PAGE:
Moderate to vigorous exercise for 20 minutes a day could lower the long-term risk of heart disease, according to a new paper in the journal Heart.
The study finds that people aged between 70-75 who exercise more have lower chances of developing heart disease well past 80.
The study relies on data from a long-term survey of 3,099 Italians, all aged 65 and older.
The cohort first had their health examined from 1995-1997, with follow-ups four and seven years afterwards. Each assessment included surveys on their physical activity, as well as social and demographic data. Participants also had their medical histories taken, blood tests, and a range of other physical assessments.
The researchers linked this data to hospital and mortality records, up until 2018. The final cohort included 2,754 participants, with 1,037 diagnoses of heart disease, heart failure, and stroke between them.
While the researchers couldn’t find any patterns related to stroke, those who did at least 20 minutes of moderate to vigorous exercise daily had a significantly lower risk of developing cardiovascular disease.
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The pattern was most significant in those who were exercising at this level at 70-75 years of age. Above 75, and particularly above 80, beginning more regular exercise was less beneficial.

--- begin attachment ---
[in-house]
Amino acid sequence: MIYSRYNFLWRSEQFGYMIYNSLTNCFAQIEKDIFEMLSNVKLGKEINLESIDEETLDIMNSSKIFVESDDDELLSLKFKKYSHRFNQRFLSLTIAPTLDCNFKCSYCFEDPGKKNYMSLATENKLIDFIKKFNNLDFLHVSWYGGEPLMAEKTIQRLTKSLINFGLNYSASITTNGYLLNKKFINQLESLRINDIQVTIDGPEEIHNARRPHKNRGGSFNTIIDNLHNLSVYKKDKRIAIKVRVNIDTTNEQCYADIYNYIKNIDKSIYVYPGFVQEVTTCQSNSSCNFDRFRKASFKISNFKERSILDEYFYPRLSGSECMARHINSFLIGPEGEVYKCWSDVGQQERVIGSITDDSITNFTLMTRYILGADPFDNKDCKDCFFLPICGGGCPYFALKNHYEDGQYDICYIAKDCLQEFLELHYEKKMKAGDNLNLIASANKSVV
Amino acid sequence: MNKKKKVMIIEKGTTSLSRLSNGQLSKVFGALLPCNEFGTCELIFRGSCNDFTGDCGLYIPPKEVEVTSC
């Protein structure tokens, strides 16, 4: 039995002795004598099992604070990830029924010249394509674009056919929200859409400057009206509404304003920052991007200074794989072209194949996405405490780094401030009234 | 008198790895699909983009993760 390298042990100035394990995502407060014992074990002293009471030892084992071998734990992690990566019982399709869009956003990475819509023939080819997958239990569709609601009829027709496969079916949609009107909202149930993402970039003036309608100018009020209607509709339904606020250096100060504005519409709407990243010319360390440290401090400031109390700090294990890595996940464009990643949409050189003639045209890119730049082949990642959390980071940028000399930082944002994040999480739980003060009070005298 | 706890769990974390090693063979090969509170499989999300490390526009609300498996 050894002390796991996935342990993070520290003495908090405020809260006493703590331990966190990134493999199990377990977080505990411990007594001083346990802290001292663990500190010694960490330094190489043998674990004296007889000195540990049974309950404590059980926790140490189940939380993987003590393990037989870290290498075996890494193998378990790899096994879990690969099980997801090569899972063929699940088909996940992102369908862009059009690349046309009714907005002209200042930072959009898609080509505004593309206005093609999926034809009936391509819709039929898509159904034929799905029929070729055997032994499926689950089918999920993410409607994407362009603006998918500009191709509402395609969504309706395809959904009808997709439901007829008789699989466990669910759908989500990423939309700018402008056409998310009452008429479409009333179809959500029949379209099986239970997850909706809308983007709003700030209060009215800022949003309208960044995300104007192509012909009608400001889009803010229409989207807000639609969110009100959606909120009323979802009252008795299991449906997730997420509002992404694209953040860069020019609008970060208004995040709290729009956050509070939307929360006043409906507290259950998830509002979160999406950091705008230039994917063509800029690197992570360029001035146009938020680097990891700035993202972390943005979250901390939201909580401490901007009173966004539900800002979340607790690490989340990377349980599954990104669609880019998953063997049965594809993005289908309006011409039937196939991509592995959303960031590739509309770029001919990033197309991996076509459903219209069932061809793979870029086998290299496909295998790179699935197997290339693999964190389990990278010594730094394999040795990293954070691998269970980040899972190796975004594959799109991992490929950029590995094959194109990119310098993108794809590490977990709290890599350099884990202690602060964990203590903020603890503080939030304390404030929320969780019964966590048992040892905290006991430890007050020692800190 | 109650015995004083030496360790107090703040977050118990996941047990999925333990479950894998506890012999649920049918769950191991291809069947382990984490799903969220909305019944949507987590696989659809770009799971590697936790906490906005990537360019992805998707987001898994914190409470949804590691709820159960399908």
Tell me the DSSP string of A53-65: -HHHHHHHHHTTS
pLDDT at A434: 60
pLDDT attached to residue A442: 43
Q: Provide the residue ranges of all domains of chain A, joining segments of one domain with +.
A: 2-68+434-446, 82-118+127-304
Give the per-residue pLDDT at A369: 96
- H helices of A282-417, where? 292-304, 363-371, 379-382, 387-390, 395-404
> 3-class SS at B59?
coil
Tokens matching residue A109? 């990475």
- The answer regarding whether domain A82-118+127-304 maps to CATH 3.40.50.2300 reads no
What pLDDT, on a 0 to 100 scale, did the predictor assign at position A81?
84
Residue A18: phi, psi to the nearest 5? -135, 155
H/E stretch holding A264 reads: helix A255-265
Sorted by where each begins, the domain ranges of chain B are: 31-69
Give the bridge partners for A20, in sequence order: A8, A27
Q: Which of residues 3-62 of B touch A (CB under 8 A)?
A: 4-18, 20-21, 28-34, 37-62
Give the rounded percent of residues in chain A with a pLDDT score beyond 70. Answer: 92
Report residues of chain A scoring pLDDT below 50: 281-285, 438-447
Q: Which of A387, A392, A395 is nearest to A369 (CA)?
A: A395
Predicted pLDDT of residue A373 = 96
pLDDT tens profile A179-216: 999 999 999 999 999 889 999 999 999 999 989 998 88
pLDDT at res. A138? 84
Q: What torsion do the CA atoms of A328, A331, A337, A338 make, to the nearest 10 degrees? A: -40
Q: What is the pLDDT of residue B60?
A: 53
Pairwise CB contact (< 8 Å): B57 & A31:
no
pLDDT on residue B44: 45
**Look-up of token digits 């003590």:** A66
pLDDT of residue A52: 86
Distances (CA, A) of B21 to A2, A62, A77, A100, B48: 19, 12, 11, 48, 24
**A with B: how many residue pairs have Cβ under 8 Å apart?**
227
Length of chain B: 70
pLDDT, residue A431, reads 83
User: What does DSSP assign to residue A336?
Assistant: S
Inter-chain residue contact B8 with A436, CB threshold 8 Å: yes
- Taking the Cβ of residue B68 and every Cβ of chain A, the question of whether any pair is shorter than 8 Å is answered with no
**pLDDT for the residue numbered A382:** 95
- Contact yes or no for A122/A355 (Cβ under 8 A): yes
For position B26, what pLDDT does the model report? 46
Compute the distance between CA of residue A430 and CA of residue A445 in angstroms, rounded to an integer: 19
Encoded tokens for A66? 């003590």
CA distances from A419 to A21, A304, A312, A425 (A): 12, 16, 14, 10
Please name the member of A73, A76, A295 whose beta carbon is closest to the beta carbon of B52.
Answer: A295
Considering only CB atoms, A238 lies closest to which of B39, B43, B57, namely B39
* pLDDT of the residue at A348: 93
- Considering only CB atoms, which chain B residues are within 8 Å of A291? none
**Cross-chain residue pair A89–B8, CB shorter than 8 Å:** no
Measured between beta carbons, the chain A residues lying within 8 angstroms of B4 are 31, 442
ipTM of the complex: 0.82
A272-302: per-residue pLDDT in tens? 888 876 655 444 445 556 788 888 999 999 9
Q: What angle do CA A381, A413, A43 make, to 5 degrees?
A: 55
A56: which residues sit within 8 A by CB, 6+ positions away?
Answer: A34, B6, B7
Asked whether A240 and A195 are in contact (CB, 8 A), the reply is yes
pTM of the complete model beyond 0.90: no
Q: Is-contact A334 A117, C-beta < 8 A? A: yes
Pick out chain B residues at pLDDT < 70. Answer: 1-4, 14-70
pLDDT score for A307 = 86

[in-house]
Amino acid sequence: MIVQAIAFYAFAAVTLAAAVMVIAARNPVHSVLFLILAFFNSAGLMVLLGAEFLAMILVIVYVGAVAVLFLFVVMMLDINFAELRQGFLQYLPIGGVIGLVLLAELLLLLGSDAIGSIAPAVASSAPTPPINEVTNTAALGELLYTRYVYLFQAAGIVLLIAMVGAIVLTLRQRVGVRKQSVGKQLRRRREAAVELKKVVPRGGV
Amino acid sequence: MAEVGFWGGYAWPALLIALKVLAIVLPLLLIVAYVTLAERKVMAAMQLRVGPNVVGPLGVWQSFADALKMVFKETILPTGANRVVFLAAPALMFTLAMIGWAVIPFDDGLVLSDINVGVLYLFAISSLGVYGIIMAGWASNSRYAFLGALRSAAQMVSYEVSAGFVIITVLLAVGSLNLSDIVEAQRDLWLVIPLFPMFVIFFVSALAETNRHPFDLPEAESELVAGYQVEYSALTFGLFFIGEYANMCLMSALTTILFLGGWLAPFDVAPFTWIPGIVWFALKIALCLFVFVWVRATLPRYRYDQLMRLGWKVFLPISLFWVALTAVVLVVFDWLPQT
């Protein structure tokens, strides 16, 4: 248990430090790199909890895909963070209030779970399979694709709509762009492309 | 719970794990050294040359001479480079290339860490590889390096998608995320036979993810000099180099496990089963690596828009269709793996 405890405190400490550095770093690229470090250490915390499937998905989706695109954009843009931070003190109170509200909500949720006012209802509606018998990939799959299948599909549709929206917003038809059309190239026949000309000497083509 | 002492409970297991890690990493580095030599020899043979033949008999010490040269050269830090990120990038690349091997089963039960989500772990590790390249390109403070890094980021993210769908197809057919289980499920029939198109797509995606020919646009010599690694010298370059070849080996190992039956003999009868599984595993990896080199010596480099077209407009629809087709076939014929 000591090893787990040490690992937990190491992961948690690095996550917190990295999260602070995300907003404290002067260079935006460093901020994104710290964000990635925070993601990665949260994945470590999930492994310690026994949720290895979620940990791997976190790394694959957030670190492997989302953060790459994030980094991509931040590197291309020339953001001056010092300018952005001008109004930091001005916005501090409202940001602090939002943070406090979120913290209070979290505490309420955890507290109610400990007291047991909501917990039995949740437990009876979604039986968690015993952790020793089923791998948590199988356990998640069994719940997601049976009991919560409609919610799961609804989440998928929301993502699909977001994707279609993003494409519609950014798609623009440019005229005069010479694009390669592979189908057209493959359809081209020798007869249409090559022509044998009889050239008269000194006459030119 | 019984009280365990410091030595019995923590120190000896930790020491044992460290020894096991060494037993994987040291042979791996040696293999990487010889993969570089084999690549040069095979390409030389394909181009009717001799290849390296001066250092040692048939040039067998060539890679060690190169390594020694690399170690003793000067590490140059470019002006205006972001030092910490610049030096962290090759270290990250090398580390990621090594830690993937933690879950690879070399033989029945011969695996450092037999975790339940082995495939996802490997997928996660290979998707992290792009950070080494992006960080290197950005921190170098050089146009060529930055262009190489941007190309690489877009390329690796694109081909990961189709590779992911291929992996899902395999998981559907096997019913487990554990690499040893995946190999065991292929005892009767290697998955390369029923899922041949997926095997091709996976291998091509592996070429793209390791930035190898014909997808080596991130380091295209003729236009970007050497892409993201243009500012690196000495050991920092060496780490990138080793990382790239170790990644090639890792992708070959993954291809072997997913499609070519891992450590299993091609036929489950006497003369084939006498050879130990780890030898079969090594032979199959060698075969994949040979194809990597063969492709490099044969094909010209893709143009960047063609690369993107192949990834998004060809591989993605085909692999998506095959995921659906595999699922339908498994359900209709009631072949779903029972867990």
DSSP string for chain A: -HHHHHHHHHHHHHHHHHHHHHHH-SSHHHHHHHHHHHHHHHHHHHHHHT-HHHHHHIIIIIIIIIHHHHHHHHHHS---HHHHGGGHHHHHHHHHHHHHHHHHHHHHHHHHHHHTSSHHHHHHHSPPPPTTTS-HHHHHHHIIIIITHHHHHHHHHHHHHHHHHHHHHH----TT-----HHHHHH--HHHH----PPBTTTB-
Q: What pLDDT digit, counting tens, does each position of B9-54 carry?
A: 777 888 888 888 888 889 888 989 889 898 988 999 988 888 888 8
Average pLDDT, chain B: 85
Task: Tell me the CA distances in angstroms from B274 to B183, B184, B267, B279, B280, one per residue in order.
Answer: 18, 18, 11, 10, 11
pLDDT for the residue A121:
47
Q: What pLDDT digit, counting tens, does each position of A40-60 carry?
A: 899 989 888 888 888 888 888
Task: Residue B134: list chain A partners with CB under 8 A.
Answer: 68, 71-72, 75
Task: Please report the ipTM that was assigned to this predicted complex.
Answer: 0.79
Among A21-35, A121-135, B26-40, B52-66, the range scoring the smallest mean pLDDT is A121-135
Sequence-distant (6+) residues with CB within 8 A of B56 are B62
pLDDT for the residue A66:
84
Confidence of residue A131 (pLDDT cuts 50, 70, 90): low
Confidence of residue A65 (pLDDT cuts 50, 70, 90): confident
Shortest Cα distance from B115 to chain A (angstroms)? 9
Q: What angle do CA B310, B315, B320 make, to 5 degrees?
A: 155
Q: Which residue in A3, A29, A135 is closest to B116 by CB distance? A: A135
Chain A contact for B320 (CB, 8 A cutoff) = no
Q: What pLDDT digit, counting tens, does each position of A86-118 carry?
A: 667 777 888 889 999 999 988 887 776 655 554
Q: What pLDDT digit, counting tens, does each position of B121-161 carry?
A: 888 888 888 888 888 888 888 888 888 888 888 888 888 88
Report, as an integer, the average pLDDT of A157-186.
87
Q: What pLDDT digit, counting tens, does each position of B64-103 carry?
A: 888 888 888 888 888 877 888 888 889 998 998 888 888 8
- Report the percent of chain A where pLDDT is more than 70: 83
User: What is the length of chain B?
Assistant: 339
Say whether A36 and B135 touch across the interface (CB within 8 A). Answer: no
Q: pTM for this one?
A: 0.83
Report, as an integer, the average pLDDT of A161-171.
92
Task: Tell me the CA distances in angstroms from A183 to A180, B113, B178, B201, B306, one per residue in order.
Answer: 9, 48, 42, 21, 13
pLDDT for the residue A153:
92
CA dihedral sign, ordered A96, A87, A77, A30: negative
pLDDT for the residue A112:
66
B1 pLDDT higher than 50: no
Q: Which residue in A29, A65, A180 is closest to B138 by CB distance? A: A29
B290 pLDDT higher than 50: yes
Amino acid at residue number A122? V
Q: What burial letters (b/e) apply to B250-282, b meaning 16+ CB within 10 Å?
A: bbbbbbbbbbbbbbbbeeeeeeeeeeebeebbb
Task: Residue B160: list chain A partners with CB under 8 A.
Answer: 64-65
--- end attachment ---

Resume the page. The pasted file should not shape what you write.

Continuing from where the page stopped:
The researchers emphasise that since the study is observational, it can’t show that exercise is causing better heart health. There may be a separate cause linking the two things, or possibly people with better cardiovascular health do more exercise. It also relies on self-reported data, and so may not be as reliable as other measures.
However, they say that the link they’ve found is very strong, and takes into account a range of medical and social factors.
“Consistency of results across all sensitivity analyses further suggests the robustness of the main results,” write the researchers.
Originally published by Cosmos as For the over-70s, 20 minutes of daily exercise can stave off heart disease
Ellen Phiddian is a science journalist at Cosmos. She has a BSc (Honours) in chemistry and science communication, and an MSc in science communication, both from the Australian National University.
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